Jordan Ramis pc. Attorneys at law
Bon Appetit, Bottom Feeders
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This article is intended to inform the reader of general legal principles applicable to the subject area. It is not intended to provide legal advice regarding specific problems or circumstances. Readers should consult with competent counsel with regard to specific situations.

From the Jordan Ramis Archives
March 2010

Amid the ongoing turmoil in capital and employment markets and broad economic uncertainty, opportunities involving distressed commercial real estate are emerging both nationally and locally. For "bottom feeders," those opportunistic buyers who seek to take advantage of the disposition of assets by financially troubled owners, the challenge is to narrow the perceived bid-ask margin. To accomplish this, bottom feeders may consider shouldering transactional expenses and offer seller-friendly contractual provisions detailed below, all intended to facilitate, from the seller's perspective, an accelerated and more certain liquidation.

Bottom feeders can ease a seller's pain by offering condensed contingency periods to facilitate a quick closing (possibly thirty days or less). Engagement of trusted and committed inspectors, engineers, and attorneys is critical to ensure that due diligence concerns are satisfied within the short timeframe. This approach may force buyers to bear the risk of closing without a survey, or settle for a dated survey, with an update, if timing and lenders permit. If development permits are needed, the accelerated approach is unlikely to work unless the buyer is willing to accept the risk of getting permits post-closing. Timing also may not allow for tenant estoppels to trickle in, so evaluation of seller's lease documentation is crucial. Distressed sellers will want contingencies removed expeditiously, as a late inning termination right could result in financial ruin. All of these circumstances underscore why the opportunistic buyer must doggedly measure and temper risk throughout the transaction.

In exchange for what they perceive as a discounted price, distressed sellers will also expect to limit, if not eliminate, future liability risk. So, bottom feeders should expect to proceed with few, if any, representations or warranties regarding the property's physical condition. Sellers may not be willing to indemnify buyers for liabilities arising before seller's period of ownership, while expecting to be indemnified for future liabilities. Environmental conditions will require close examination during a potentially shortened due diligence period. Any complications on that front will likely delay closing and threaten the deal. Public records should be scoured for third-party security interests, pending lawsuits, and claims against the property that would not appear on a preliminary title report. What all this says is that the sale will be AS-IS in the strongest sense.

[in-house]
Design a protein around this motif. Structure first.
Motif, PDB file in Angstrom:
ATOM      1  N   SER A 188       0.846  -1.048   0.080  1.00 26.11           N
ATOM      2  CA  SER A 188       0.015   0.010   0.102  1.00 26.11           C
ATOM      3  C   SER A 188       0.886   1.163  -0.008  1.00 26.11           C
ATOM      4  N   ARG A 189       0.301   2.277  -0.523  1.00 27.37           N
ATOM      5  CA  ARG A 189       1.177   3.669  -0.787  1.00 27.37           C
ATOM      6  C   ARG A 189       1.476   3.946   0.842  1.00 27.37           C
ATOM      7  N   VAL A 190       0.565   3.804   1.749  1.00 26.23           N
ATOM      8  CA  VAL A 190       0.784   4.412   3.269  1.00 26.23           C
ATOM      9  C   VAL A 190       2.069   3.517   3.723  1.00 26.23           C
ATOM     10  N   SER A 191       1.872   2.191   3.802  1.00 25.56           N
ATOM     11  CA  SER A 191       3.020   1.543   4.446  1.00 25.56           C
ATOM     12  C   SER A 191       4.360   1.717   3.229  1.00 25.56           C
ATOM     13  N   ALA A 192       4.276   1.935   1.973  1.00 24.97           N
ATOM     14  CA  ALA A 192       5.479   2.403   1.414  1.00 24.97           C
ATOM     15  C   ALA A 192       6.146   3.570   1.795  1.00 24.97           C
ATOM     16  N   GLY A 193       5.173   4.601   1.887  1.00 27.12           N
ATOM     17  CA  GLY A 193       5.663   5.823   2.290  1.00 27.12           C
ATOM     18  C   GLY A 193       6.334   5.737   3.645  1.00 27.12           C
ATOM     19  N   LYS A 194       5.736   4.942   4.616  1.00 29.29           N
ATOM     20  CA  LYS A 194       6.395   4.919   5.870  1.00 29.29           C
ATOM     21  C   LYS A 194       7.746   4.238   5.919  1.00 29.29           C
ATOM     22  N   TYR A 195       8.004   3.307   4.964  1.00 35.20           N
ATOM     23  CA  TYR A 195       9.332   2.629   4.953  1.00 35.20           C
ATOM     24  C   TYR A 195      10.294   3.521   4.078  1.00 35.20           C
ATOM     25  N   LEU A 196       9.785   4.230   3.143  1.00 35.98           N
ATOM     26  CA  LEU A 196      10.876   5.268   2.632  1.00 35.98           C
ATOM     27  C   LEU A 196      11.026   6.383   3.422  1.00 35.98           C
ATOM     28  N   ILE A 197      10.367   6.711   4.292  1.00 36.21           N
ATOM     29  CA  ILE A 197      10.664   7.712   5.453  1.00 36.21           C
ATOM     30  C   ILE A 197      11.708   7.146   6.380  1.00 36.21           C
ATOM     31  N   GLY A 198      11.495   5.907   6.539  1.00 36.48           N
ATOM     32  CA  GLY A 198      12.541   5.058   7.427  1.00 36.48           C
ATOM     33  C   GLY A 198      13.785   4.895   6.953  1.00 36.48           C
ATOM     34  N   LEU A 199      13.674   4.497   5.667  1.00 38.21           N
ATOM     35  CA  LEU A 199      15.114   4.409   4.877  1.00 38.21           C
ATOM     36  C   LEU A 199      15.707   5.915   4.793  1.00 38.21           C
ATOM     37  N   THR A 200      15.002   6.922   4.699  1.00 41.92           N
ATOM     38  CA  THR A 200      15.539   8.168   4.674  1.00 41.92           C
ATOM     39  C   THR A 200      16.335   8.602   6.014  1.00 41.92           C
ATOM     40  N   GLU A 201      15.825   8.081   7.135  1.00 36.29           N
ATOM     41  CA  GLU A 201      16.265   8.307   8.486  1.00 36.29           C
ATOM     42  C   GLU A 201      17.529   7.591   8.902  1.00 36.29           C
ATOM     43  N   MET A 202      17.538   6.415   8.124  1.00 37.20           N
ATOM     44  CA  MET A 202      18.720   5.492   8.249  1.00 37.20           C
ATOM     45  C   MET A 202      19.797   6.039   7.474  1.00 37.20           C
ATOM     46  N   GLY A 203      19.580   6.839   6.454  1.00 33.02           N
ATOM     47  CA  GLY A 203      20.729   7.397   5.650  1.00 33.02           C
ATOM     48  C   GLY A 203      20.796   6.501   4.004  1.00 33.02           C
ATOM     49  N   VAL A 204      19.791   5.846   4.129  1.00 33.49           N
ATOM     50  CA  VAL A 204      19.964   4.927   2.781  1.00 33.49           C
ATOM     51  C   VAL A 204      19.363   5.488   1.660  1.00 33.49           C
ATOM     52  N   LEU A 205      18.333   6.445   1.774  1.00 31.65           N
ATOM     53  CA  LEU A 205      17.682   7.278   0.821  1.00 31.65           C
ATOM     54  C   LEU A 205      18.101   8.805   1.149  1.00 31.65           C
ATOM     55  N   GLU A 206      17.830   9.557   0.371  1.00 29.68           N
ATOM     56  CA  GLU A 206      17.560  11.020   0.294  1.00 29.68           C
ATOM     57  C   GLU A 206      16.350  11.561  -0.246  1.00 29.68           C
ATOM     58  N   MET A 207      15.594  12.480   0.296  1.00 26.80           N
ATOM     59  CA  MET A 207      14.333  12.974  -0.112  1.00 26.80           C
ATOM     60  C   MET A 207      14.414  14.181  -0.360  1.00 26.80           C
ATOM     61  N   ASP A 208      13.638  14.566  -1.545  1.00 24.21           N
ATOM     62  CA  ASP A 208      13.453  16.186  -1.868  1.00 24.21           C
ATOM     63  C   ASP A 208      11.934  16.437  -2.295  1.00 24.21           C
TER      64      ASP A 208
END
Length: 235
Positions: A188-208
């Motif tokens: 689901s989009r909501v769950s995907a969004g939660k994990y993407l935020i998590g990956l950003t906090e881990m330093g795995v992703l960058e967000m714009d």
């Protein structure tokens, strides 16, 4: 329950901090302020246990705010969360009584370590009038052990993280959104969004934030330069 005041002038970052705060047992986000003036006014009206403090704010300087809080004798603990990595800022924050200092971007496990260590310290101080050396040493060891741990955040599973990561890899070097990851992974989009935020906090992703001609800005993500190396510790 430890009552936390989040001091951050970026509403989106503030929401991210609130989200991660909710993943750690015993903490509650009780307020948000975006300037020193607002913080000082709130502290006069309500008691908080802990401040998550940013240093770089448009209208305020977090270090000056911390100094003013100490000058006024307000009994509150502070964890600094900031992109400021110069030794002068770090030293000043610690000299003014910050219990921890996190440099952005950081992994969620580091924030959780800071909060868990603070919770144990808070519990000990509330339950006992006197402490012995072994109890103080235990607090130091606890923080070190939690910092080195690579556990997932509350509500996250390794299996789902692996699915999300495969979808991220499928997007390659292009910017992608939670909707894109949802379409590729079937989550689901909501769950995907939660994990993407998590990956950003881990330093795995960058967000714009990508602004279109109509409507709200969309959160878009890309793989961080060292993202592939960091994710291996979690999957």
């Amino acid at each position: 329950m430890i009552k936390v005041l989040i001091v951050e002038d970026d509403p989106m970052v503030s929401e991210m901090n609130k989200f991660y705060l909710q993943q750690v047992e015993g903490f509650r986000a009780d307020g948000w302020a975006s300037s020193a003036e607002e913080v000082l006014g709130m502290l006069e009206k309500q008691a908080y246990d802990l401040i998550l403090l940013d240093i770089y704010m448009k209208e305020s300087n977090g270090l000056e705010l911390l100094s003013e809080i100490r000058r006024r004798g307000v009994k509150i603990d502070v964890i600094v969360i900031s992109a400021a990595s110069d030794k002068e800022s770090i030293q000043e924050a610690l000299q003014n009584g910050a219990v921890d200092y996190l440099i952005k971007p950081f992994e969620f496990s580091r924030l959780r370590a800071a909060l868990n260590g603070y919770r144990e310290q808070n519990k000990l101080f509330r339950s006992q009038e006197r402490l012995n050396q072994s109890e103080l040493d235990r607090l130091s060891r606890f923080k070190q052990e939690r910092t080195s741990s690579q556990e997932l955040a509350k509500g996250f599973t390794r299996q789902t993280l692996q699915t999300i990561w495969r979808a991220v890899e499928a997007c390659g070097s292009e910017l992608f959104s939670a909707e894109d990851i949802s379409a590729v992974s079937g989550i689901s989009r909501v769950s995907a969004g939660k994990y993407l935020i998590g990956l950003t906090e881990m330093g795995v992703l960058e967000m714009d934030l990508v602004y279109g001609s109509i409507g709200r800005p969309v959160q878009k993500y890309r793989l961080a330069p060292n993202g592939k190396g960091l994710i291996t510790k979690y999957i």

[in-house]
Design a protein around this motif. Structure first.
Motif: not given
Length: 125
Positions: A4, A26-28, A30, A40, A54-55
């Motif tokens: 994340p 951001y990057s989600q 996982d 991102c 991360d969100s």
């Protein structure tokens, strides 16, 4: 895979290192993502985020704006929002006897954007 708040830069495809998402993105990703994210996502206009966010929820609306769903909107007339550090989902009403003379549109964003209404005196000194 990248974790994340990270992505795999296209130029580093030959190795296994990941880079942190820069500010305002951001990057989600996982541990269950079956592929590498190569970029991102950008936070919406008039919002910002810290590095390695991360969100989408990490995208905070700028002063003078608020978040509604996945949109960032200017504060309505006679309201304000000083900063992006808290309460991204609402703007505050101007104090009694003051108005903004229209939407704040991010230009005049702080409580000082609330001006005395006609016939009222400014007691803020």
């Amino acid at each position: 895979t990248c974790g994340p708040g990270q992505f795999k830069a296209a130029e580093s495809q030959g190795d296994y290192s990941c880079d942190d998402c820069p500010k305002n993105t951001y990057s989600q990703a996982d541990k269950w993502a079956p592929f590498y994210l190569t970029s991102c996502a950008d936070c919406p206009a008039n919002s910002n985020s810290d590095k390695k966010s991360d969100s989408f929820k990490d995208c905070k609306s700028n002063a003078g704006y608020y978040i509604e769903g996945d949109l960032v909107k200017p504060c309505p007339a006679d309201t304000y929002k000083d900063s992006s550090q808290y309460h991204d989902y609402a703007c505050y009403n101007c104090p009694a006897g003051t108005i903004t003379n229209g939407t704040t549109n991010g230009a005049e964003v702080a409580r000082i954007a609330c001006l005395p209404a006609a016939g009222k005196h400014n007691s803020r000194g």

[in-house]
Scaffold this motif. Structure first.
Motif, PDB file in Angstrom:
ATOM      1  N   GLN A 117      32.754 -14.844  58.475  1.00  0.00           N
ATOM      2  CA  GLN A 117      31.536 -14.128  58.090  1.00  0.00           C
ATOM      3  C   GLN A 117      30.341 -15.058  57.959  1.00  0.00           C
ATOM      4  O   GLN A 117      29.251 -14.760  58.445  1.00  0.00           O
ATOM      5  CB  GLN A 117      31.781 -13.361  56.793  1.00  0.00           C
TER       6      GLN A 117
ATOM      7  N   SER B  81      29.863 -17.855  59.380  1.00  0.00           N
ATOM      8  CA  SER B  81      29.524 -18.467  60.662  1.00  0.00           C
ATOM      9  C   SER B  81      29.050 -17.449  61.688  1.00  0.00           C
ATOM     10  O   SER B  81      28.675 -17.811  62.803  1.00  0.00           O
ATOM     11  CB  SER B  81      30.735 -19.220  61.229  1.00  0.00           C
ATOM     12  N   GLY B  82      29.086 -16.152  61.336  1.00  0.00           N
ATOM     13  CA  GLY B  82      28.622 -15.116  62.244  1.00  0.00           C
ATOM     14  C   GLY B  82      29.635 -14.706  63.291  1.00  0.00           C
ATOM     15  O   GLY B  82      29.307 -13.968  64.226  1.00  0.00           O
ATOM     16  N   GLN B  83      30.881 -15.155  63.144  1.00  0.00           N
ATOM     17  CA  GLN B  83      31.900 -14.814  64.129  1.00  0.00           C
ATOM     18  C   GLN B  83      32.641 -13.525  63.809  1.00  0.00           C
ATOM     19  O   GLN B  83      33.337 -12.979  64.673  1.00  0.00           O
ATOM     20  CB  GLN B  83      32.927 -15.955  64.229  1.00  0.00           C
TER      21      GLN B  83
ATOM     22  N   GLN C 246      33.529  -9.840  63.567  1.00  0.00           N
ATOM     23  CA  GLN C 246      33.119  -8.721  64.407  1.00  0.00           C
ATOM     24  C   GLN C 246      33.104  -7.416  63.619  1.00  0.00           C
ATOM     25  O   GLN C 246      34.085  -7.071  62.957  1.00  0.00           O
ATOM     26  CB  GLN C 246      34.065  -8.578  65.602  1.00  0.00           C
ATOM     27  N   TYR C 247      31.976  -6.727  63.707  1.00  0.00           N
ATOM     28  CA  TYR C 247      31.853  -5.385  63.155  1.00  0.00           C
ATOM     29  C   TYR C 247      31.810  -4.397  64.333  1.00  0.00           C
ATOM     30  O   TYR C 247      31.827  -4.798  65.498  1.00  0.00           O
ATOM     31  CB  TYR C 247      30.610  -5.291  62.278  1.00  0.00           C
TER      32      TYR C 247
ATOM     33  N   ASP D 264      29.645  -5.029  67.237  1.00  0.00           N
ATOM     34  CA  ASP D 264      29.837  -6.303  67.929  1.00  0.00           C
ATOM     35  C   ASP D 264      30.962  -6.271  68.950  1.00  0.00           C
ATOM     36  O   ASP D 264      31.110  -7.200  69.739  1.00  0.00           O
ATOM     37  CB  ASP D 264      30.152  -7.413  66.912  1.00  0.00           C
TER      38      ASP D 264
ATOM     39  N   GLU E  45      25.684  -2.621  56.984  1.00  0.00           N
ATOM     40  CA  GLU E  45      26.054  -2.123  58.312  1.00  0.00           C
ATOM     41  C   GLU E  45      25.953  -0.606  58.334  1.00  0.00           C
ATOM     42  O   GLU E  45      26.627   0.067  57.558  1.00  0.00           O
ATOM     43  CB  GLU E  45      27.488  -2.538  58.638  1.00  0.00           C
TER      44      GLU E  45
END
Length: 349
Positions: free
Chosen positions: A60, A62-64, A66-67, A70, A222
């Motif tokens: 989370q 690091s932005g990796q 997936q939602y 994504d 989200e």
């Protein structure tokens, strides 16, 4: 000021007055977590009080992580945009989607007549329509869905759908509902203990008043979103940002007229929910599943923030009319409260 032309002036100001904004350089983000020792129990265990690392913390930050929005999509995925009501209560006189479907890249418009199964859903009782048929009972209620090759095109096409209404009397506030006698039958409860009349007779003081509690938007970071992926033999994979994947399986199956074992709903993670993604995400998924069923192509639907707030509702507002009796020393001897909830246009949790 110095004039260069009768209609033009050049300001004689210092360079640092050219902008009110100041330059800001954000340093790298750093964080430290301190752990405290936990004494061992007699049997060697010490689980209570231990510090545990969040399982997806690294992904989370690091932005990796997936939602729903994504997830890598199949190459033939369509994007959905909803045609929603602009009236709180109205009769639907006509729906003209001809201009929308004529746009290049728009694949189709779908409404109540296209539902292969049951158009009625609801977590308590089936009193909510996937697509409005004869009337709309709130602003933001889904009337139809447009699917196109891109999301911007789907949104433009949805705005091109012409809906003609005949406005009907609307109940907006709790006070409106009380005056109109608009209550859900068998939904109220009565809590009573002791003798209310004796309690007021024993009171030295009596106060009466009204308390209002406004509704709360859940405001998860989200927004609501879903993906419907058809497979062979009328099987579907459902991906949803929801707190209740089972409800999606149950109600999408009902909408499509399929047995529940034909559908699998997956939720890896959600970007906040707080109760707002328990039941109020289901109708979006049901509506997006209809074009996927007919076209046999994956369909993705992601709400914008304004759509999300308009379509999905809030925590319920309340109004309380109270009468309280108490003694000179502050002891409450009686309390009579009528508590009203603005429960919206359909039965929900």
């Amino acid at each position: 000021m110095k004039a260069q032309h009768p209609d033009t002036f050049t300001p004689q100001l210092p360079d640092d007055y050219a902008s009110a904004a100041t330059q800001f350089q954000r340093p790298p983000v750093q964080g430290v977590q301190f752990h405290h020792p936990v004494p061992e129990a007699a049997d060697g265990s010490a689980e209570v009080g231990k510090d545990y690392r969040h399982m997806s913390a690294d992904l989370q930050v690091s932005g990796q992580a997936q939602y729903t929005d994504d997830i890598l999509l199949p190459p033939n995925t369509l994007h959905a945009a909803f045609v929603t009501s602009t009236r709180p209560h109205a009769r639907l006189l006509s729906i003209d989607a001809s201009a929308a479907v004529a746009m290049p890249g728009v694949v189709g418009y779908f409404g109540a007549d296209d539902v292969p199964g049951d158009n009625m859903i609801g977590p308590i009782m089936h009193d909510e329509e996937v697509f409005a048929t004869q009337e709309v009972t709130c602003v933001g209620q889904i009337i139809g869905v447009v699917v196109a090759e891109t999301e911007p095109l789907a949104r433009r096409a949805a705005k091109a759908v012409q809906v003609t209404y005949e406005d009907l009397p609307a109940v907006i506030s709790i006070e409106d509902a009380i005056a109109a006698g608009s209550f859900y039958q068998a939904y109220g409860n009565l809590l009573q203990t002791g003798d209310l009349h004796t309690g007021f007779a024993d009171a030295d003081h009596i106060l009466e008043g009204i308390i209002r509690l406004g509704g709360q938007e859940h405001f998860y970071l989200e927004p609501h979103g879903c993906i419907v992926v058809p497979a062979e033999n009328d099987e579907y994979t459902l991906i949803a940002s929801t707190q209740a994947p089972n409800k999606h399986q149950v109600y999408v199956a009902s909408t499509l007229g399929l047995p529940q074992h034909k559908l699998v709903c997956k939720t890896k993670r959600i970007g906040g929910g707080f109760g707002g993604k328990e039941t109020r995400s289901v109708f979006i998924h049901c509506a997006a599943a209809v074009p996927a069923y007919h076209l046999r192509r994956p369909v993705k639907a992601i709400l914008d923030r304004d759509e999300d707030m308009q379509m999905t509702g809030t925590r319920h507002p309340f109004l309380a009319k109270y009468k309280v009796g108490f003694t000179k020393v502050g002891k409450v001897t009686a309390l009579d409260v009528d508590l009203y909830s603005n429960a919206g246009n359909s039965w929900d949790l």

Bottom feeders should present distressed owners with comprehensive financial packages, including lender or investor commitments, financial statements, and credit history, which alleviate credit concerns and demonstrate the investor's ability to close the transaction.

Finally, if the opportunity is favorable and the seller looks broke, the buyer should consider covering some closing costs typically paid by the seller. These could include the owner's title insurance policy premium, all or a portion of any loan prepayment penalties, recording and escrow fees, and broker commissions. But, look to cap this commitment at an amount reasonable for the transaction. To further narrow the bid-ask margin, bottom feeders may offer heartier earnest money deposits, with a portion going "hard" upon removal of contingencies. All this may soften seller's dissatisfaction with a lower purchase price.

Today's market presents what some experts have called "a once in a generation" best opportunity to purchase real estate. However, it won't come without some risk and some strings attached.